On the 16th morning, we were ready by 5:30am before sunrise for the game drive. On that morning game drive, we saw a large herd of buffalo over 500 in number and many birds of prey including a Bateleur Eagle. Although this area is the home for Wild Dogs in MGR, we missed sighting a pack, though we did come across an Impala carcass with Vultures on it. This was a kill made by the dogs that morning. In the afternoon, Steve arranged a boat excursion on the Xakanaxa lagoon, to go in search of water birds including herons and storks. It was a bird watcher’s paradise especially for Tanky’s wife, Kumari.
The next morning as usual we were on the road by 5:45am. As we left the camp site, Steve’s service team was getting ready to remove the tents and equipment to move to our next camp site located outside the north of MGR, facing the Khawai river.
During the morning hours, we came across the first Lion on this trip and a second big cat soon after. It was the first time that Thinesh and Suvi had seen Lions in the wild and it was a memorable photo op for them. We also sighted a pair of Wattled Cranes in the water on the wet land of Xakanaxa. This is a rare bird and the species is believed to be vulnerable within the African continent.
The following two nights at the camp by the Khawai river area out side the MGR was interesting. Visitors are permitted to go off the road outside the park and this gave a significant advantage to get closer to the wild life for better photography. Once again, we missed the opportunity of sighting a pack of Wild Dogs and a Leopard the following morning. We had a glimpse of a few Lions across the river on the MGR border late evening on the second day.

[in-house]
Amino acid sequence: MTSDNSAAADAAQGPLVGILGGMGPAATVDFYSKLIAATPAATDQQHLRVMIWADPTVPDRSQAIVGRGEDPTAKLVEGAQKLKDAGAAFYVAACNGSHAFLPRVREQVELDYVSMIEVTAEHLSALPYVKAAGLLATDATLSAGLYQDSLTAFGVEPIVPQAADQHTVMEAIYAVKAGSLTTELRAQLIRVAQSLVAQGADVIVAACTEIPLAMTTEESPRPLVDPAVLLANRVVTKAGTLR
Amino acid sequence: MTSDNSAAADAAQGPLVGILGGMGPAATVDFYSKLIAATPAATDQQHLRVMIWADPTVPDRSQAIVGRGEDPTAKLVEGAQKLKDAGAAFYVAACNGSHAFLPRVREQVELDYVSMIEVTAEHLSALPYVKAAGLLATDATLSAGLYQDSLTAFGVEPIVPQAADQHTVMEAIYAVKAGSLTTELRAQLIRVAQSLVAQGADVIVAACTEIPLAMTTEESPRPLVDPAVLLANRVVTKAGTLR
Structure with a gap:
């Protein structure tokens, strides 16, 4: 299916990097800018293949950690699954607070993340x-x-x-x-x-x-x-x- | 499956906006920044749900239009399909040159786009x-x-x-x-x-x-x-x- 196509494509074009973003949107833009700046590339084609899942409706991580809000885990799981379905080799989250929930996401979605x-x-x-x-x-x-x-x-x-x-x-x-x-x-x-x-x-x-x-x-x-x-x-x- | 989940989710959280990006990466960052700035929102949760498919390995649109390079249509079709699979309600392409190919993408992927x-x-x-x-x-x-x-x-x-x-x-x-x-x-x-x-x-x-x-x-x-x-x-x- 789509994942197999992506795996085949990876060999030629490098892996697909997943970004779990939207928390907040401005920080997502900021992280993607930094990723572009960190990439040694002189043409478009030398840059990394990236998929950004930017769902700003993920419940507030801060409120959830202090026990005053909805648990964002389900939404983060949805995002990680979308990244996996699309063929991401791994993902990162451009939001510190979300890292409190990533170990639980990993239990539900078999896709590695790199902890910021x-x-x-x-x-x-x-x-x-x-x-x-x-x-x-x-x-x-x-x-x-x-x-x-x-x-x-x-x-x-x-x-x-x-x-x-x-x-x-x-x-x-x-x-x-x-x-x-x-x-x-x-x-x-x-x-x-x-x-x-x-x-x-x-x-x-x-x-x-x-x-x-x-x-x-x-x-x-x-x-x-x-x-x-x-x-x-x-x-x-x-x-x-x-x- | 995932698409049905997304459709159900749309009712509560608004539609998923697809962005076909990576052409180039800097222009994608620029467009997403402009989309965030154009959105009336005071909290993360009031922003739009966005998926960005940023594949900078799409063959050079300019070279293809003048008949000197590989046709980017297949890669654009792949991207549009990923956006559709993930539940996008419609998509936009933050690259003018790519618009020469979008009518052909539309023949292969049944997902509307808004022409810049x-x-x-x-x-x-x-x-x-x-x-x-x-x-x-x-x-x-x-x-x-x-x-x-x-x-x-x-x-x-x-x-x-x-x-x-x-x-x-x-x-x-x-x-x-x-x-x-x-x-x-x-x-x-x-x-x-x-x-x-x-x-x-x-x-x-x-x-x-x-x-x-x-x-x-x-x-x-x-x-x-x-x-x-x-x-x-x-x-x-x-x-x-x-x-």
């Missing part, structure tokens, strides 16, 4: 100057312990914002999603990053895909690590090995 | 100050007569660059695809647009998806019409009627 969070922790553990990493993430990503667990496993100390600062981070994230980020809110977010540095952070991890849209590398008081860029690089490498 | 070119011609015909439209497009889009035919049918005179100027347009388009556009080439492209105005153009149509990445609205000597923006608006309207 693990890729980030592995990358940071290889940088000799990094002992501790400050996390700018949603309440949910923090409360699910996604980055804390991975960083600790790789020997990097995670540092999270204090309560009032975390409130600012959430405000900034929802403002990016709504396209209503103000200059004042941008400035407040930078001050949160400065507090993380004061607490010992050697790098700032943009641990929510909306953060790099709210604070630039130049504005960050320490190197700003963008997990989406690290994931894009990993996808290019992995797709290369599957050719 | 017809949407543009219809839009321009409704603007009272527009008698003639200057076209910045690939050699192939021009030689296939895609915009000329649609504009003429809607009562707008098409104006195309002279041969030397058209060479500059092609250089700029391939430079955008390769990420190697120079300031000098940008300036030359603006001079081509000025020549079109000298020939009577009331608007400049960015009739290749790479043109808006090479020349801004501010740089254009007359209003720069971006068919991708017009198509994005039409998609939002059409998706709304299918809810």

On the 19th October morning before sunrise we were on the road driving towards Savute in the Chobe National park (CNP) where we were going to camp for six nights alongside the Savute channel, close to the Savute main gate. As soon as we entered the CNP from the Khawai boarder, a young adult male Lion crossed the road ahead of us, possibly looking for the pride we had seen the previous evening. It took us almost four hours to get to Savute. The terrain had completely changed to open savannah from the wooded forest we had experienced before.
We arrived at the Marabou pan in Savute in the afternoon, a place of action in Savute especially in the dry months. A pack of Wild Dogs was lying down under a tall tree when a bull elephant chased them to take the shade. It was the first sighting of Wild Dogs for my friends. There were a few bull Elephants at the pan drinking water. Water was supplied to the pan through an underground pipe line from a nearby deep well powered by a diesel driven pump and this is the only place for several miles where water is available for animals during the months of September and October.
When we arrived at the Savute camp site, Steve’s staff who had come there earlier were busy assembling our tented accommodation. The Savute channel nearby was completely dry when compared to my previous visit there in October 2010 when we could not cross the channel due to the water flow. After unloading our luggage, we went in search of the Savute Lions, who are famous for ambushing medium sized elephants for their survival. I have seen this unique pride of Lions when they were featured on the TV channel Animal Planet filmed largely in Savute. But unfortunately for us, they are active mostly at night. On the afternoon safari we observed a few Lions who were focused on a herd of Buffalo near the road, but there was no action.